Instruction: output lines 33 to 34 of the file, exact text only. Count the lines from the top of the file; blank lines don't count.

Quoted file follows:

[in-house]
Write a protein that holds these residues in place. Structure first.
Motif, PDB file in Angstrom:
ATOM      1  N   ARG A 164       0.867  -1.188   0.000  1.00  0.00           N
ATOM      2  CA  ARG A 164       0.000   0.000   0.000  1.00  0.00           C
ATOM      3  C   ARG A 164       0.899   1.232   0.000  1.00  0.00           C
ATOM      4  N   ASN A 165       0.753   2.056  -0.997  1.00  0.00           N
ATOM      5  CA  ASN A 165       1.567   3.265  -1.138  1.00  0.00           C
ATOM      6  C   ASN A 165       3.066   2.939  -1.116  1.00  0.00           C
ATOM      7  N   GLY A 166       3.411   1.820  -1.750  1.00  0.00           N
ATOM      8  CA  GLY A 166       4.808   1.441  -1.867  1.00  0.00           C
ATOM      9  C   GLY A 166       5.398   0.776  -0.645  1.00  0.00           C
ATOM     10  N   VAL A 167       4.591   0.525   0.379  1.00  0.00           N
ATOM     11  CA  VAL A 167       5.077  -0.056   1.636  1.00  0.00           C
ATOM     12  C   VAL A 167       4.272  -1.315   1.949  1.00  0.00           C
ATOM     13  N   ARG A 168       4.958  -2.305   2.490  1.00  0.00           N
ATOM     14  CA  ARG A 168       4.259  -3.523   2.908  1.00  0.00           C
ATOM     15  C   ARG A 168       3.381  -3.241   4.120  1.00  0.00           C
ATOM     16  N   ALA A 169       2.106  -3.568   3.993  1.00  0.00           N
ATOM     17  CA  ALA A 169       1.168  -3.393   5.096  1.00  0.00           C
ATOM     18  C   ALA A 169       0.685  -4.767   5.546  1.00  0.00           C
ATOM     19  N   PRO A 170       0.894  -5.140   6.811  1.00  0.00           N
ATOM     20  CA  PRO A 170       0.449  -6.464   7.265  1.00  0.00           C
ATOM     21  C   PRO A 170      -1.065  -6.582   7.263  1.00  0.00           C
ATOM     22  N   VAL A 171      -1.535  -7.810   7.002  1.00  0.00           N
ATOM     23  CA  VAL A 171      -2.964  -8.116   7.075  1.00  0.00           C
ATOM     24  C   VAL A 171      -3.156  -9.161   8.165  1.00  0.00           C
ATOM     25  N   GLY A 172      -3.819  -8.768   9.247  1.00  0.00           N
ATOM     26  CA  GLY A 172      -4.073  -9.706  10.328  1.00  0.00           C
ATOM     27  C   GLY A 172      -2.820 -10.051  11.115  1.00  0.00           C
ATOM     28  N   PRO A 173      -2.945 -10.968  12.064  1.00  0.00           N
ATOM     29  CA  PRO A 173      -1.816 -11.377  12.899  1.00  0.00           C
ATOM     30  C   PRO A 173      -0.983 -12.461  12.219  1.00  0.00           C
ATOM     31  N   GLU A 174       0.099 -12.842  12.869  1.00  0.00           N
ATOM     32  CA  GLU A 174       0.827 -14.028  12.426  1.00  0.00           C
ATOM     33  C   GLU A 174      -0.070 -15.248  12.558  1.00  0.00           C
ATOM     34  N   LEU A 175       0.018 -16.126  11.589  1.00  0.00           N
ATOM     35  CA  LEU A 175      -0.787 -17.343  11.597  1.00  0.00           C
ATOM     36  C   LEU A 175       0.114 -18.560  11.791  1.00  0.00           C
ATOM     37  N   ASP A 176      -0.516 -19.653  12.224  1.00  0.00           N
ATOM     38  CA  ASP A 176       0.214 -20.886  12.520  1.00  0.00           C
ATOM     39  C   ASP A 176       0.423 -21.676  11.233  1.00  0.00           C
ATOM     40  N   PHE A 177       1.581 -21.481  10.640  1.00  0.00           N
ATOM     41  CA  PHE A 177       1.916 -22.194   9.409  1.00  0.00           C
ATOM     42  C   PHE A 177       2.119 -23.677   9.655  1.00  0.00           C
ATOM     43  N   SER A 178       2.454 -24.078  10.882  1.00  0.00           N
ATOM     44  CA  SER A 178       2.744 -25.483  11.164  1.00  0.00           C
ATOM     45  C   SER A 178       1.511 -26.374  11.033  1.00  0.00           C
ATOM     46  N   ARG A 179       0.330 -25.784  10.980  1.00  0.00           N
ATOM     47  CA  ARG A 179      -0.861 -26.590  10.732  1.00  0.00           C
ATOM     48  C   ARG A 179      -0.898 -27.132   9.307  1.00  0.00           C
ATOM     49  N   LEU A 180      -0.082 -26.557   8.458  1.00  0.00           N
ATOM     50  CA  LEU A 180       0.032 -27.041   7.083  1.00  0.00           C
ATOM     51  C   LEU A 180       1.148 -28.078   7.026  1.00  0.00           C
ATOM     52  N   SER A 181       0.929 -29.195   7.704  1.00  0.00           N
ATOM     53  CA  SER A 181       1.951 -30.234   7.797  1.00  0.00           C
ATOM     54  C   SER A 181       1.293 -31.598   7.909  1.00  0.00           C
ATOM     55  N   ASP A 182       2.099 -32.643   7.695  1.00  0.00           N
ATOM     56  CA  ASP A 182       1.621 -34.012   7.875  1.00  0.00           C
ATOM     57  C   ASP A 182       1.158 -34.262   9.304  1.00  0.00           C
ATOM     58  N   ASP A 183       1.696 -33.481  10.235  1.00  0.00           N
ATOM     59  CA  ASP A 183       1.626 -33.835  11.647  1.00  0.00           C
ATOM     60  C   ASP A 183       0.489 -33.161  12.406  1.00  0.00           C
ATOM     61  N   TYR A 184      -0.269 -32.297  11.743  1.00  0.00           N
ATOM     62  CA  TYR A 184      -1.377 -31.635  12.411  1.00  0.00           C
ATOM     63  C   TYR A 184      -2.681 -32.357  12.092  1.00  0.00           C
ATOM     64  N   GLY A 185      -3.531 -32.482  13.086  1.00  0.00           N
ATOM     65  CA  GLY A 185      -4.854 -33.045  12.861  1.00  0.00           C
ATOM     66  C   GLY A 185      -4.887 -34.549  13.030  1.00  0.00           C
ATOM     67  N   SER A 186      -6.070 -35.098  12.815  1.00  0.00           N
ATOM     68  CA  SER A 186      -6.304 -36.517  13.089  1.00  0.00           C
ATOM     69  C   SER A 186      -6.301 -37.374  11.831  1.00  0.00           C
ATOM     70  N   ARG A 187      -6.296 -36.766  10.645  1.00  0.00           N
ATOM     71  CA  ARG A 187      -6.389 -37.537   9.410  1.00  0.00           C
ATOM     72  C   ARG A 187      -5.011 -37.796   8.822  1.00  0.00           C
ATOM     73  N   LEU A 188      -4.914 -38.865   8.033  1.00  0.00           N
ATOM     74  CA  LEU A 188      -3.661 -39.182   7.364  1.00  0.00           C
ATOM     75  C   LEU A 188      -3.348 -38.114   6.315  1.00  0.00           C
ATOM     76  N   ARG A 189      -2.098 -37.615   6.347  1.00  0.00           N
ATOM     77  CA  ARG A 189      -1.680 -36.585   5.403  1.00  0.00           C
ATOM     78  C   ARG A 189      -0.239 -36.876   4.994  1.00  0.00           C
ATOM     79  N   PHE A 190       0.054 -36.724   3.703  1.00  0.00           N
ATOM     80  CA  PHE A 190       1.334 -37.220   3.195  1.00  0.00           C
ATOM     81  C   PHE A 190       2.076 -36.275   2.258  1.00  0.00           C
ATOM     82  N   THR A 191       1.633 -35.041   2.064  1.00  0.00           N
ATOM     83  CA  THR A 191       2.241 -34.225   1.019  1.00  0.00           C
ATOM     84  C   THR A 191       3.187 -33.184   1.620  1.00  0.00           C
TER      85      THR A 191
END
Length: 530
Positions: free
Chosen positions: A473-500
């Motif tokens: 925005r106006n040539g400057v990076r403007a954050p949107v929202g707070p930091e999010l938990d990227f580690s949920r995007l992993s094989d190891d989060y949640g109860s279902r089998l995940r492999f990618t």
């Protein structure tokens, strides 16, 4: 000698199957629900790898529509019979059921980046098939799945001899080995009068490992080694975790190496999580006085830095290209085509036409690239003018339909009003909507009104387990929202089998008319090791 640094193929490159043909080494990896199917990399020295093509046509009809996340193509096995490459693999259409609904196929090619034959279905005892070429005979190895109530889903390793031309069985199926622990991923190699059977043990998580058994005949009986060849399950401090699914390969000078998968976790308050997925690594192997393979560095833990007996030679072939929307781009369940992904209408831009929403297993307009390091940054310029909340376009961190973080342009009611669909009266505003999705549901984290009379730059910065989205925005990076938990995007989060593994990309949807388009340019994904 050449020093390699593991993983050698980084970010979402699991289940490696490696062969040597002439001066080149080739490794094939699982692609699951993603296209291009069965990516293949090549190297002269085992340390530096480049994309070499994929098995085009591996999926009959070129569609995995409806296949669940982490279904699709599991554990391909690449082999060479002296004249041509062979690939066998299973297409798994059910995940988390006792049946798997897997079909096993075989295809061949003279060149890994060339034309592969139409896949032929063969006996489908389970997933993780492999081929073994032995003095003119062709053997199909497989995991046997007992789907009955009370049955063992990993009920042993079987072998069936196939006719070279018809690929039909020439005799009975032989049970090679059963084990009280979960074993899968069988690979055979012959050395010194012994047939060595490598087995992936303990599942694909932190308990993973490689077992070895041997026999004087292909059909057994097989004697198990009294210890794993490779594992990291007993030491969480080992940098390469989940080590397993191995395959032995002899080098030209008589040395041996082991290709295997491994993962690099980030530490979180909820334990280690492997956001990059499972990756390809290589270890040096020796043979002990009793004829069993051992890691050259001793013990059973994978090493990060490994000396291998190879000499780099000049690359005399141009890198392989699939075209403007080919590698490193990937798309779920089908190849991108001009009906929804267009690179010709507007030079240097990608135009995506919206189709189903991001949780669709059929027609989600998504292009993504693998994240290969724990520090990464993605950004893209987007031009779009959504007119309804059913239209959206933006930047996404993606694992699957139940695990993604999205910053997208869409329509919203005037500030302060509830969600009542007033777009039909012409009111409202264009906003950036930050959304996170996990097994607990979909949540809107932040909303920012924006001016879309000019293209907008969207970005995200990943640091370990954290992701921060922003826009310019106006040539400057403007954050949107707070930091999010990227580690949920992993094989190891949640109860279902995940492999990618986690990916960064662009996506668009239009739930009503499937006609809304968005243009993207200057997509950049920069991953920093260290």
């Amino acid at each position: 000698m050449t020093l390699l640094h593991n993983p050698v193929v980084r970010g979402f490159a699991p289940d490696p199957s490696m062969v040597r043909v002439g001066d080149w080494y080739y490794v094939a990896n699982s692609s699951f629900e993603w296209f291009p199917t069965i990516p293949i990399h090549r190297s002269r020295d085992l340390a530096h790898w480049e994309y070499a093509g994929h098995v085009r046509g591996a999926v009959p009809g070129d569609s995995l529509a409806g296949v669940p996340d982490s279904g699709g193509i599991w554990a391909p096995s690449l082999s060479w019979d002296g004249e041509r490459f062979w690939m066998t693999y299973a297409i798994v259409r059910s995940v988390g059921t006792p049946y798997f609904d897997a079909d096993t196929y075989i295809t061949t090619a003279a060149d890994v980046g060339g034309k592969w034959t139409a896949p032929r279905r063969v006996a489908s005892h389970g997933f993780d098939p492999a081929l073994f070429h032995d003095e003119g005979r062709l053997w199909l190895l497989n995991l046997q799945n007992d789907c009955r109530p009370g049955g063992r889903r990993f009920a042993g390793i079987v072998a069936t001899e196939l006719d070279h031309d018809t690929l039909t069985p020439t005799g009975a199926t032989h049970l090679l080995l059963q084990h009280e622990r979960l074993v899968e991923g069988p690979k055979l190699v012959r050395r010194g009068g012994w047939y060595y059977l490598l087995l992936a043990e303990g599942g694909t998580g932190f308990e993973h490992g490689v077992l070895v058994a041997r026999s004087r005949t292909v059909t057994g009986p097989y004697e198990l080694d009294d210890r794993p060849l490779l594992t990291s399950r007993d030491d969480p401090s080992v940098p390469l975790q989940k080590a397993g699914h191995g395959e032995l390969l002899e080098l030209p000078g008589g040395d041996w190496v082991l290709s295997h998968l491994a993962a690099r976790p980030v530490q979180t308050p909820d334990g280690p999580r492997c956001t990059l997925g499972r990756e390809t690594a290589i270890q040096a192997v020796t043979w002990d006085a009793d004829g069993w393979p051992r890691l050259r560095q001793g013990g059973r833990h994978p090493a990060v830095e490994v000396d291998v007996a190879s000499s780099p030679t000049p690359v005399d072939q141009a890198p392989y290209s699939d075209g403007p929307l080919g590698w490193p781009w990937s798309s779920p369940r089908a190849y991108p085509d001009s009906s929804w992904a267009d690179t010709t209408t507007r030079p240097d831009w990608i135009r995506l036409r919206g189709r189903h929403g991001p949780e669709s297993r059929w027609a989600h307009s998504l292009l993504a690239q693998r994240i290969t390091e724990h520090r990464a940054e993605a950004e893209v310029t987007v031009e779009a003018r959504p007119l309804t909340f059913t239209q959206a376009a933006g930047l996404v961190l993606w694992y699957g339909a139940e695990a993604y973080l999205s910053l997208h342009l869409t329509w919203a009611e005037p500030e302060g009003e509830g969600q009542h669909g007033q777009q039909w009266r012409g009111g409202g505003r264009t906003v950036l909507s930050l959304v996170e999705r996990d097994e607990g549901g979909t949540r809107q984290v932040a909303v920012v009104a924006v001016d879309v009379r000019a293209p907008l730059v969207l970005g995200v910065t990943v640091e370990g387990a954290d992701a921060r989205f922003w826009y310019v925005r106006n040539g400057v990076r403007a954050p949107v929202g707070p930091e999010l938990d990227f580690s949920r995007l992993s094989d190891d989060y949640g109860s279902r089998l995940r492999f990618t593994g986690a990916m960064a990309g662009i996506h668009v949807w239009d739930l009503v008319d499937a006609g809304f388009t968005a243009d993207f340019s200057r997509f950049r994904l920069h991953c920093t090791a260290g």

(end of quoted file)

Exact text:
ATOM     30  C   PRO A 173      -0.983 -12.461  12.219  1.00  0.00           C
ATOM     31  N   GLU A 174       0.099 -12.842  12.869  1.00  0.00           N